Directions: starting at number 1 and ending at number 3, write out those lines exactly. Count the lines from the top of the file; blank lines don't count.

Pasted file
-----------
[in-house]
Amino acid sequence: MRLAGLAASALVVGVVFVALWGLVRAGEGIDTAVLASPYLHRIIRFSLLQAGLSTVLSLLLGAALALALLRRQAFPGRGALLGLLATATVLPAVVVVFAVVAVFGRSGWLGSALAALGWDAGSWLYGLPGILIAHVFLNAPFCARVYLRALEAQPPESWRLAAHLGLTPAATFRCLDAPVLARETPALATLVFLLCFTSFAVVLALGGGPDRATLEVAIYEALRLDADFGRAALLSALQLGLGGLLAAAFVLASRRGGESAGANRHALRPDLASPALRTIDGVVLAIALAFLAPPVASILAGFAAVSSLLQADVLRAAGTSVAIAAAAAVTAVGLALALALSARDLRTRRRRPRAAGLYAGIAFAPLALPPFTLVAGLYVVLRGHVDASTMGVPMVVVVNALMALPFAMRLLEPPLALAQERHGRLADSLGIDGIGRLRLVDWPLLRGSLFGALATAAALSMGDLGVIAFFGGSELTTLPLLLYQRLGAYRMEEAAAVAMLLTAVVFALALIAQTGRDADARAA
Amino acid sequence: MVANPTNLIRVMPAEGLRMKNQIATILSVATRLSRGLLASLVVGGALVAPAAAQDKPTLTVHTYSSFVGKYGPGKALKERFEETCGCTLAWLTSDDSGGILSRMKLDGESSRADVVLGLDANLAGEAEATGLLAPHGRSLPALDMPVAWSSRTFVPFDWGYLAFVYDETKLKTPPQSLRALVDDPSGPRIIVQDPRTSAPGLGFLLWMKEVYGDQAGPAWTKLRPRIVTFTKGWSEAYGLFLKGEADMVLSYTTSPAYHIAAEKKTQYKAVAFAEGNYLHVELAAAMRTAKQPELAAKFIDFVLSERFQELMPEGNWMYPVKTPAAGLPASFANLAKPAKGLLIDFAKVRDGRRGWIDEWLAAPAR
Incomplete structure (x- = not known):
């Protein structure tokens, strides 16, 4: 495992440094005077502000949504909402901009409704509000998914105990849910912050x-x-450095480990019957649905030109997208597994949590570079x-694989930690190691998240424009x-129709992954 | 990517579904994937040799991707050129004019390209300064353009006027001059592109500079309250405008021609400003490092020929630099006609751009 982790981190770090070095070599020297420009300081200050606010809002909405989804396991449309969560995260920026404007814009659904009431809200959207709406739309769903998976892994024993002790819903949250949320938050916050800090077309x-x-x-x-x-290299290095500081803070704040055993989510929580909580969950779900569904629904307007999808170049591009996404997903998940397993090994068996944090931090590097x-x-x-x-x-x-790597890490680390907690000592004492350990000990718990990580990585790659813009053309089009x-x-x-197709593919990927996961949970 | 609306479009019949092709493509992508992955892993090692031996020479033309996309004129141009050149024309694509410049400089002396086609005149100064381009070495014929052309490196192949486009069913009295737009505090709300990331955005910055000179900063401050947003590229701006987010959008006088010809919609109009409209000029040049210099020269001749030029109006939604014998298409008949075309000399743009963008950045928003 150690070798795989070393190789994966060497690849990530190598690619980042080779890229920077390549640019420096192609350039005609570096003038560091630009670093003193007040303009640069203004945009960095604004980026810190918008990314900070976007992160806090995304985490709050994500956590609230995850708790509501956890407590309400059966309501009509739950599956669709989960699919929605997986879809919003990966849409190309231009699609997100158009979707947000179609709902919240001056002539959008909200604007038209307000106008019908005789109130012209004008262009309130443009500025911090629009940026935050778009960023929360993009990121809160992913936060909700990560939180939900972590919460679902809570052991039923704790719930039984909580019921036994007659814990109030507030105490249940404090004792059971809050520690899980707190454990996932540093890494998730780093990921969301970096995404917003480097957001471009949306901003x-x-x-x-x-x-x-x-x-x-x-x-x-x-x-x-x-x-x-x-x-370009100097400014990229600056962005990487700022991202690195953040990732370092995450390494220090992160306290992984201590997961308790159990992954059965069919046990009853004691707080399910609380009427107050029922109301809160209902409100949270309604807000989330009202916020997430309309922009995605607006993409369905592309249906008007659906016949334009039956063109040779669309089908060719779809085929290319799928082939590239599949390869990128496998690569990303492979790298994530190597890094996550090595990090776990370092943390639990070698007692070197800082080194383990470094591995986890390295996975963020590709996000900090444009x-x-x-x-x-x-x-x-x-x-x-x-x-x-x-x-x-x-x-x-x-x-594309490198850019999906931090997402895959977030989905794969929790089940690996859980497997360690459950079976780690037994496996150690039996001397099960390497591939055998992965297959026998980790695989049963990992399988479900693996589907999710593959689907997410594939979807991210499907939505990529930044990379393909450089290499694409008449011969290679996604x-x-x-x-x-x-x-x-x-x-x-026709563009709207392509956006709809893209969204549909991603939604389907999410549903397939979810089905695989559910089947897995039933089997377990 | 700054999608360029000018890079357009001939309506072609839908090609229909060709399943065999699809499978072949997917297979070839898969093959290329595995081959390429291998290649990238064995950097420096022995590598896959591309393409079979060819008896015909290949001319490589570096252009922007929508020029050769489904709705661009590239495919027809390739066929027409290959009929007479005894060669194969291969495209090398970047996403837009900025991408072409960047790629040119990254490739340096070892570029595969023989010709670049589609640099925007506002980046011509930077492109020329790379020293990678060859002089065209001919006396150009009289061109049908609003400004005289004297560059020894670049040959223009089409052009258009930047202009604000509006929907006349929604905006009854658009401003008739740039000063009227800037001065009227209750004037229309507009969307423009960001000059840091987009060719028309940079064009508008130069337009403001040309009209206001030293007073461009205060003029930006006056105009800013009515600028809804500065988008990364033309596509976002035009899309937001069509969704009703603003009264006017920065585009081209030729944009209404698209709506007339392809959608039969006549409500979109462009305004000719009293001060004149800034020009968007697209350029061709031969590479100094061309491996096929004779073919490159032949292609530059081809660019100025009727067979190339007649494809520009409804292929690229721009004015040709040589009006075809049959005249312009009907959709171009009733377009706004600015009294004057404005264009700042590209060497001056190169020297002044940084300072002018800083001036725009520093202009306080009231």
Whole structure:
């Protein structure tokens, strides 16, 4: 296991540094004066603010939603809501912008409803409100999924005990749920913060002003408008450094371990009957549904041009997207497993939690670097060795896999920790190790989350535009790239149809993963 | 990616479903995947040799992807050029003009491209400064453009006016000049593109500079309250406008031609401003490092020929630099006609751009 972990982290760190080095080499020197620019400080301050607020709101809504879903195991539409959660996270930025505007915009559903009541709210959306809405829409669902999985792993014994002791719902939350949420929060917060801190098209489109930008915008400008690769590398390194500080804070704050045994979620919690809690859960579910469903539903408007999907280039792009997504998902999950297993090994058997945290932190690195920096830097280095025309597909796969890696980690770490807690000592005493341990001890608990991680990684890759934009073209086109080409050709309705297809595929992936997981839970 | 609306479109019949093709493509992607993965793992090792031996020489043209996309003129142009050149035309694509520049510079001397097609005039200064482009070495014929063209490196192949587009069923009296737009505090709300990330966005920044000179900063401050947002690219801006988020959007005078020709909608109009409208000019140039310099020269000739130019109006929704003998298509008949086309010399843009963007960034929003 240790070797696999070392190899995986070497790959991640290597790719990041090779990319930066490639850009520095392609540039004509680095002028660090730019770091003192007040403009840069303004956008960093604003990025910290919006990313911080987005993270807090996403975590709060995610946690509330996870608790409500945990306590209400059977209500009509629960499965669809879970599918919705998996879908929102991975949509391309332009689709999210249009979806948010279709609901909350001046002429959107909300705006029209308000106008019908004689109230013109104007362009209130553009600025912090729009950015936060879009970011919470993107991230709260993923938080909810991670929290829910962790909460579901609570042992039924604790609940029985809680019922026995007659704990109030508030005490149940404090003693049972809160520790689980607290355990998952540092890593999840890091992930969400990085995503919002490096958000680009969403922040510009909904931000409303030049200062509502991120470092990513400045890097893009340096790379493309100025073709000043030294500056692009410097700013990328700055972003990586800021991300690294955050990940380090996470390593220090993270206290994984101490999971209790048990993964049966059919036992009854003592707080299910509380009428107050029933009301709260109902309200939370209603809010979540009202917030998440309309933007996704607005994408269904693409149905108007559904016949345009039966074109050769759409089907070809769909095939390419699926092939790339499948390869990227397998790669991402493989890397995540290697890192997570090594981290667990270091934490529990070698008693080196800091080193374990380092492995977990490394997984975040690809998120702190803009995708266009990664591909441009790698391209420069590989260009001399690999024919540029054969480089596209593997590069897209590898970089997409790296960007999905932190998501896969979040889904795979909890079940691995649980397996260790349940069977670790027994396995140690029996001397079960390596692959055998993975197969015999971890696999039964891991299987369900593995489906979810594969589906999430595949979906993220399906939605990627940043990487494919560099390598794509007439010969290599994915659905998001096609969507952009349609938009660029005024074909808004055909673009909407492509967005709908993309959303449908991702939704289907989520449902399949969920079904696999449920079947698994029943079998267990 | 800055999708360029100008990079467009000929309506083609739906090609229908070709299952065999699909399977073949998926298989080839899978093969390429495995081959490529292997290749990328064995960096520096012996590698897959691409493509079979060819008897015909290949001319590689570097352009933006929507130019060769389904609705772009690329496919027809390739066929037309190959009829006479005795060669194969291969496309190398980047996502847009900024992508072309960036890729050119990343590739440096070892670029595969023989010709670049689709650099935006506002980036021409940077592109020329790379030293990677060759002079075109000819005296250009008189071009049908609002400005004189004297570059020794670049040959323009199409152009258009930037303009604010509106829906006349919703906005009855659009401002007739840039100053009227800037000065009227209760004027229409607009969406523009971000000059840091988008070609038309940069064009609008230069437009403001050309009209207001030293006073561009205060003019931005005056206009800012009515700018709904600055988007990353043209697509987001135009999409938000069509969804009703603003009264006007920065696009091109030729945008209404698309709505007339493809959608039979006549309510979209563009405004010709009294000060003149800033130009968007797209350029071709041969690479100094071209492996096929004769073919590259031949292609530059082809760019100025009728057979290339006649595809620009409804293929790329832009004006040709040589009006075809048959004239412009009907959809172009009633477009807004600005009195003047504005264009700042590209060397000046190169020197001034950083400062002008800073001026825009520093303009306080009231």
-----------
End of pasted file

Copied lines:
[in-house]
Amino acid sequence: MRLAGLAASALVVGVVFVALWGLVRAGEGIDTAVLASPYLHRIIRFSLLQAGLSTVLSLLLGAALALALLRRQAFPGRGALLGLLATATVLPAVVVVFAVVAVFGRSGWLGSALAALGWDAGSWLYGLPGILIAHVFLNAPFCARVYLRALEAQPPESWRLAAHLGLTPAATFRCLDAPVLARETPALATLVFLLCFTSFAVVLALGGGPDRATLEVAIYEALRLDADFGRAALLSALQLGLGGLLAAAFVLASRRGGESAGANRHALRPDLASPALRTIDGVVLAIALAFLAPPVASILAGFAAVSSLLQADVLRAAGTSVAIAAAAAVTAVGLALALALSARDLRTRRRRPRAAGLYAGIAFAPLALPPFTLVAGLYVVLRGHVDASTMGVPMVVVVNALMALPFAMRLLEPPLALAQERHGRLADSLGIDGIGRLRLVDWPLLRGSLFGALATAAALSMGDLGVIAFFGGSELTTLPLLLYQRLGAYRMEEAAAVAMLLTAVVFALALIAQTGRDADARAA
Amino acid sequence: MVANPTNLIRVMPAEGLRMKNQIATILSVATRLSRGLLASLVVGGALVAPAAAQDKPTLTVHTYSSFVGKYGPGKALKERFEETCGCTLAWLTSDDSGGILSRMKLDGESSRADVVLGLDANLAGEAEATGLLAPHGRSLPALDMPVAWSSRTFVPFDWGYLAFVYDETKLKTPPQSLRALVDDPSGPRIIVQDPRTSAPGLGFLLWMKEVYGDQAGPAWTKLRPRIVTFTKGWSEAYGLFLKGEADMVLSYTTSPAYHIAAEKKTQYKAVAFAEGNYLHVELAAAMRTAKQPELAAKFIDFVLSERFQELMPEGNWMYPVKTPAAGLPASFANLAKPAKGLLIDFAKVRDGRRGWIDEWLAAPAR